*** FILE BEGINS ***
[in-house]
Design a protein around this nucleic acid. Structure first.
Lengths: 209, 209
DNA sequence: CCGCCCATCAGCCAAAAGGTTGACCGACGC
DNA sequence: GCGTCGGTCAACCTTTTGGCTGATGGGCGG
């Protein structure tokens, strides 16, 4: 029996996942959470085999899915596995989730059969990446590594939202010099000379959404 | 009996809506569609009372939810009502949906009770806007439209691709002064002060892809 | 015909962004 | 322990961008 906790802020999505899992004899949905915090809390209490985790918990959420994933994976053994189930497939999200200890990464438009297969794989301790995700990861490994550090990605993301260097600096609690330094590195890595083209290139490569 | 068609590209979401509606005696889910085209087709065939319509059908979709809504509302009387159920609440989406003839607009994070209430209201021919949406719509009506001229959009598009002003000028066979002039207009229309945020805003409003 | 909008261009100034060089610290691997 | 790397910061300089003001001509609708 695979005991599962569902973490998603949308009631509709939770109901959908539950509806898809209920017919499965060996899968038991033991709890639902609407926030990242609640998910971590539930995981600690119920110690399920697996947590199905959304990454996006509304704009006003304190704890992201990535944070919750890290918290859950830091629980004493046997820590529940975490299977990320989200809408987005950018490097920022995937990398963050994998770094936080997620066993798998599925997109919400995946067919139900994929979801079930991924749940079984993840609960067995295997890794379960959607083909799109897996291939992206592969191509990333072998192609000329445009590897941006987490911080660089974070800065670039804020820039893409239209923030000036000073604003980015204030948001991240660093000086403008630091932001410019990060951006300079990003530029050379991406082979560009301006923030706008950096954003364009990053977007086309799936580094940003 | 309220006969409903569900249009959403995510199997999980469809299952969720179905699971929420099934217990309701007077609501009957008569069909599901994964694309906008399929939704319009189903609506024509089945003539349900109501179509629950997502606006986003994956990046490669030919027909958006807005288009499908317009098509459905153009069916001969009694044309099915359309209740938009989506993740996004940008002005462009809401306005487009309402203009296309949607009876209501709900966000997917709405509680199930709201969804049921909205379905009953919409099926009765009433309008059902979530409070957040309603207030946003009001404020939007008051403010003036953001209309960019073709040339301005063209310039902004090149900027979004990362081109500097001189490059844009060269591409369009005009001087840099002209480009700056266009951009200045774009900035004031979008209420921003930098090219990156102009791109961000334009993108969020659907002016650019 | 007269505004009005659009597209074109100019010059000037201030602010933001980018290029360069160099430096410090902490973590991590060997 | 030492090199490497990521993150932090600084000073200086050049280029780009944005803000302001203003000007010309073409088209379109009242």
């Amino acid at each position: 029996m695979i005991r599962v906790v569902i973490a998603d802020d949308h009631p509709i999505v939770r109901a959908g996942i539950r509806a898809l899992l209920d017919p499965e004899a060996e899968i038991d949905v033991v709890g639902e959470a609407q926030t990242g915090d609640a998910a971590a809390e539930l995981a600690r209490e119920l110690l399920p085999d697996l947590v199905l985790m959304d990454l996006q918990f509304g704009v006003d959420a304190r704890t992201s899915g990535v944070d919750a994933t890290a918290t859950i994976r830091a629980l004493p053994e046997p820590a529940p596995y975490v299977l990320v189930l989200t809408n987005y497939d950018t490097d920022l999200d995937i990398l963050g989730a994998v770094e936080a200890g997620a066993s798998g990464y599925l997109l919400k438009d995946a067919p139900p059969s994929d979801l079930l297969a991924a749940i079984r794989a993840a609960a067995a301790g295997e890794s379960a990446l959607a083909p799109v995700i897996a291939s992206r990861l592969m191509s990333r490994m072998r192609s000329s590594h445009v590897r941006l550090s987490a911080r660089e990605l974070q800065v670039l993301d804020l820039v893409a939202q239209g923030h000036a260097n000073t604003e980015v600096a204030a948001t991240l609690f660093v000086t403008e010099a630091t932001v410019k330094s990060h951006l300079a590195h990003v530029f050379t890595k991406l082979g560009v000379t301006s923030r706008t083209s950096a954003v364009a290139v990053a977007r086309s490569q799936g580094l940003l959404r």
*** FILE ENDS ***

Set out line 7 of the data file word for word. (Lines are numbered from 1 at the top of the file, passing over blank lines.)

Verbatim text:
């Amino acid at each position: 029996m695979i005991r599962v906790v569902i973490a998603d802020d949308h009631p509709i999505v939770r109901a959908g996942i539950r509806a898809l899992l209920d017919p499965e004899a060996e899968i038991d949905v033991v709890g639902e959470a609407q926030t990242g915090d609640a998910a971590a809390e539930l995981a600690r209490e119920l110690l399920p085999d697996l947590v199905l985790m959304d990454l996006q918990f509304g704009v006003d959420a304190r704890t992201s899915g990535v944070d919750a994933t890290a918290t859950i994976r830091a629980l004493p053994e046997p820590a529940p596995y975490v299977l990320v189930l989200t809408n987005y497939d950018t490097d920022l999200d995937i990398l963050g989730a994998v770094e936080a200890g997620a066993s798998g990464y599925l997109l919400k438009d995946a067919p139900p059969s994929d979801l079930l297969a991924a749940i079984r794989a993840a609960a067995a301790g295997e890794s379960a990446l959607a083909p799109v995700i897996a291939s992206r990861l592969m191509s990333r490994m072998r192609s000329s590594h445009v590897r941006l550090s987490a911080r660089e990605l974070q800065v670039l993301d804020l820039v893409a939202q239209g923030h000036a260097n000073t604003e980015v600096a204030a948001t991240l609690f660093v000086t403008e010099a630091t932001v410019k330094s990060h951006l300079a590195h990003v530029f050379t890595k991406l082979g560009v000379t301006s923030r706008t083209s950096a954003v364009a290139v990053a977007r086309s490569q799936g580094l940003l959404r």